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Tuesday, February 13, 2018

Mythos and Logos

Since I am teaching a course on “Science  & Theology – From Conflict to Confluence”, I thought, for the benefit of my students as well as my blog audience,  I will share two very deep insights. The first from a Nobel prize winning Physicist of the early twentieth century and the father of Copenhagen Interpretation of Quantum physics, Niels Bohr and the second from the contemporary Franciscan Theologian Fr. Richards Rohr. OFM, founder of the Center for Action and Contemplation, promoting universal awakening within Christian mysticism and the Perennial Tradition.
"We ought to remember that religion uses language in quite a different way from science. The language of religion is more closely related to the language of poetry than to the language of science. True, we are inclined to think that science deals with information about objective facts, and poetry with subjective feelings. Hence we conclude that if religion does indeed deal with objective truths, it ought to adopt the same criteria of truth as science. But I myself find the division of the world into an objective and a subjective side much too arbitrary. The fact that religions through the ages have spoken in images, parables, and paradoxes means simply that there are no other ways of grasping the reality to which they refer. But that does not mean that it is not a genuine reality. And splitting this reality into an objective and a subjective side won’t get us very far." …………., Niels Bohr “Subjective vs. Objective Reality and the Uses of Religion in a Secular World.”
“The Judeo-Christian creation story is told in the form of a cosmic poem (Genesis 1). The realm of myth, art, and poetry can heal and create coherence, connection, and deep trust for the human psyche much better than prose that “tells it like it is.” Rather than orient us toward solving a problem, symbolic language and images turn our focus toward being itself, toward meaning, purpose, and inner life forces. They evoke the depths hidden beneath the practical, self-centered ego, and speak to our personal unconscious—as good therapy does—and our collective unconscious too—as story and myth often do.
There are several levels of knowing and interpreting reality—a “hierarchy of truths,” as Pope Francis calls it.  Not all truths are of equal importance, which does not mean the lesser ones are untrue. So don’t fight useless battles against them. Something might be true, for example, on a psychological, historical, or mythological level, but not on a universal level. Fundamentalists think the historical level is the “truest” one, yet in many ways literalism is the least important meaning for the soul. Facts may be fascinating, but they seldom change our lives at any deep level. I do believe the “historical-critical” method of interpreting Scripture is a helpful frame, without which fundamentalists create a fantasy that looks a lot like their own culture and preferred class perspective.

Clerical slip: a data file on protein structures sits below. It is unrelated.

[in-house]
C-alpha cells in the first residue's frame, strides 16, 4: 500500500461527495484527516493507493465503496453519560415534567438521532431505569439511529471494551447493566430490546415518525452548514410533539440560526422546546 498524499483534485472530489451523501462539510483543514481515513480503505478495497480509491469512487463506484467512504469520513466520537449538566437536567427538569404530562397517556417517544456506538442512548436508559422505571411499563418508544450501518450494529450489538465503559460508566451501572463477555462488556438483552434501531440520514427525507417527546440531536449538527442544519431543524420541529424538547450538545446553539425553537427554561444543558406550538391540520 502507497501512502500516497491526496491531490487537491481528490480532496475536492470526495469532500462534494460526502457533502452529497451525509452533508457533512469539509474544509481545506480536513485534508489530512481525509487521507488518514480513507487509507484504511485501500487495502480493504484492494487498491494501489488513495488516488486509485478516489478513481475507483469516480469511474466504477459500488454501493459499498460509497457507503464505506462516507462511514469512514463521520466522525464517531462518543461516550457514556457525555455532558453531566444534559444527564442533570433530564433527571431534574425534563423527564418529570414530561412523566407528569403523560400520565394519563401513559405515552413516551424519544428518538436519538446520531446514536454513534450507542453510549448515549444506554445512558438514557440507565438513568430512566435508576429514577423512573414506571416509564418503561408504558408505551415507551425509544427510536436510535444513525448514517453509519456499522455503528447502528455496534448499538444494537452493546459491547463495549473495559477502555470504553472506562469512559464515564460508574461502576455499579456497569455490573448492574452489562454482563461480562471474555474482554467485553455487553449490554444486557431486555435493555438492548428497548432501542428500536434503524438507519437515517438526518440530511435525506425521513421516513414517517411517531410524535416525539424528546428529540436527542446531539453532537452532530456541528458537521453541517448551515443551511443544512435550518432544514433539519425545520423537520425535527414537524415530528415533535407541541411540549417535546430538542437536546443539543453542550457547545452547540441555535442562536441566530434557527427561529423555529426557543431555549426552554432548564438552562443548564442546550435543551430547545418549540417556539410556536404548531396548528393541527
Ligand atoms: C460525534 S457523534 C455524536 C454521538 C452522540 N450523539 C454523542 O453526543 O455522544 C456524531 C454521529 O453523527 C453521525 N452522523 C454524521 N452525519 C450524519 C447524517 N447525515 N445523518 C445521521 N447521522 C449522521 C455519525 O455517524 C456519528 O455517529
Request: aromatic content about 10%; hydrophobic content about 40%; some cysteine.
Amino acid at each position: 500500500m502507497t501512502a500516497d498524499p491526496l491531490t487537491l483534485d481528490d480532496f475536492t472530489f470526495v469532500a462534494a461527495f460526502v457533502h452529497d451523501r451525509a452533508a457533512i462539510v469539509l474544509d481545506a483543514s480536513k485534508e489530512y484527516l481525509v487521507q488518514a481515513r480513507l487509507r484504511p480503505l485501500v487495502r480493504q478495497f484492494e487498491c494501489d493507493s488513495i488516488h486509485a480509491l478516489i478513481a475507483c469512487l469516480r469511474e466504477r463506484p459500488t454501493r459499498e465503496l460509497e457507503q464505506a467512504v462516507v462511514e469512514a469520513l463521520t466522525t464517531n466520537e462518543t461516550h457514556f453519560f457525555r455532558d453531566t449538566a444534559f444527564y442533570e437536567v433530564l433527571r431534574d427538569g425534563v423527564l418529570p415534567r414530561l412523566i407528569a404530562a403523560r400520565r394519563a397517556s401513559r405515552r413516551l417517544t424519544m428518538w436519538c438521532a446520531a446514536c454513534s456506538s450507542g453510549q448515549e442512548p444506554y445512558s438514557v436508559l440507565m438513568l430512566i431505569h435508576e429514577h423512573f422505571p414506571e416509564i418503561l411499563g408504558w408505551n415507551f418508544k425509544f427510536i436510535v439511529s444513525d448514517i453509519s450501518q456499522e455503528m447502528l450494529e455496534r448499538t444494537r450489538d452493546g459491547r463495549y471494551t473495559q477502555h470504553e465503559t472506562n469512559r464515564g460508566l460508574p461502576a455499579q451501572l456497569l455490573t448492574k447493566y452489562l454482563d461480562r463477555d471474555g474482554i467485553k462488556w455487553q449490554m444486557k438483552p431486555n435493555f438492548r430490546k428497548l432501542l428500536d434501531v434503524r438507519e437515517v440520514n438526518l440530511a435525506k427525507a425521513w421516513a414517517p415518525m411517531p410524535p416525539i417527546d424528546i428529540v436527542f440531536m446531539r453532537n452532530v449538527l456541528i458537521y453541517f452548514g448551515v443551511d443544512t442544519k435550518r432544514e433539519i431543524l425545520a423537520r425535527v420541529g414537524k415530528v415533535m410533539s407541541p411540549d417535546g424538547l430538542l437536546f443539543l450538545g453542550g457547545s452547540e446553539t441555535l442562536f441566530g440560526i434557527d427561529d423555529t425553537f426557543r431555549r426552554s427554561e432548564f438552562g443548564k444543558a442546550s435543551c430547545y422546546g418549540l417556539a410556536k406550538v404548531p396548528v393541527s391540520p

Scholars since Mircea Eliade (1907-1986) have been making good use of a distinction between logos, or problem-solving language, and mythos. Logos language includes facts, data, evidence, and precise descriptions. Rob Bell describes how “logos language and thinking got us medicine, got us airplanes. . . . For the past three hundred years we have had an explosion of logos language. . . . But the problem is, there are whole dimensions of our existence that require a different way of thinking.”
Bell rightly says, “The Bible is mostly written in mythos language. . . . Good religion traffics in mythos. . . . Mythos language is for that which is more than literally true. . . . Evolutionary science does an excellent job of explaining why I don’t have a tail. It just doesn’t do so well explaining why I find that interesting!” We need mythos language to express the more-than-factual meaning of experiences like falling in love, grief, and death.
Good religion, art, poetry, and myth point us to the deeper levels of truth that logos can’t fully explain. Early Christians knew this; but the Western Church spent the last five centuries trying to prove that the stories in the Bible really happened just as they are described. For some Christians, it’s imperative that the world was created in six literal days, otherwise their entire belief system falls apart. Christianity came to rely heavily on technique, formula, and certitude instead of the more alluring power of story, myth, and narrative. These give room for the soul, mind, and heart to expand. Ironically, from such an open and creative stance, we can actually solve problems much more effectively.
The whole point of Scripture is the transformation of the soul. But when we stopped understanding myth, we stopped understanding how to read and learn from sacred story or Scripture. Children delight in hearing the same fantastical stories over and over again because they are open to awe, mystery, and discovery. Oh that we could all read the creation story with similar childlike wonder and open-heartedness!” ………….Fr. Richard Rohr from “Daily Meditation – Creation”
The beauty of the advancements in current sciences and new findings and hypothesis proposed in Biology, Physics and Cosmology points to a realm of pure abstraction through the use of new language of higher dimensional manifolds and mathematical concepts which are akin to the language of mythology.
Love to you all

2 comments :

  1. Thank you dear Tib! Your essays are always inspiring!

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  2. Thank you Olga. Been travelling to our school in Trichy.

    ReplyDelete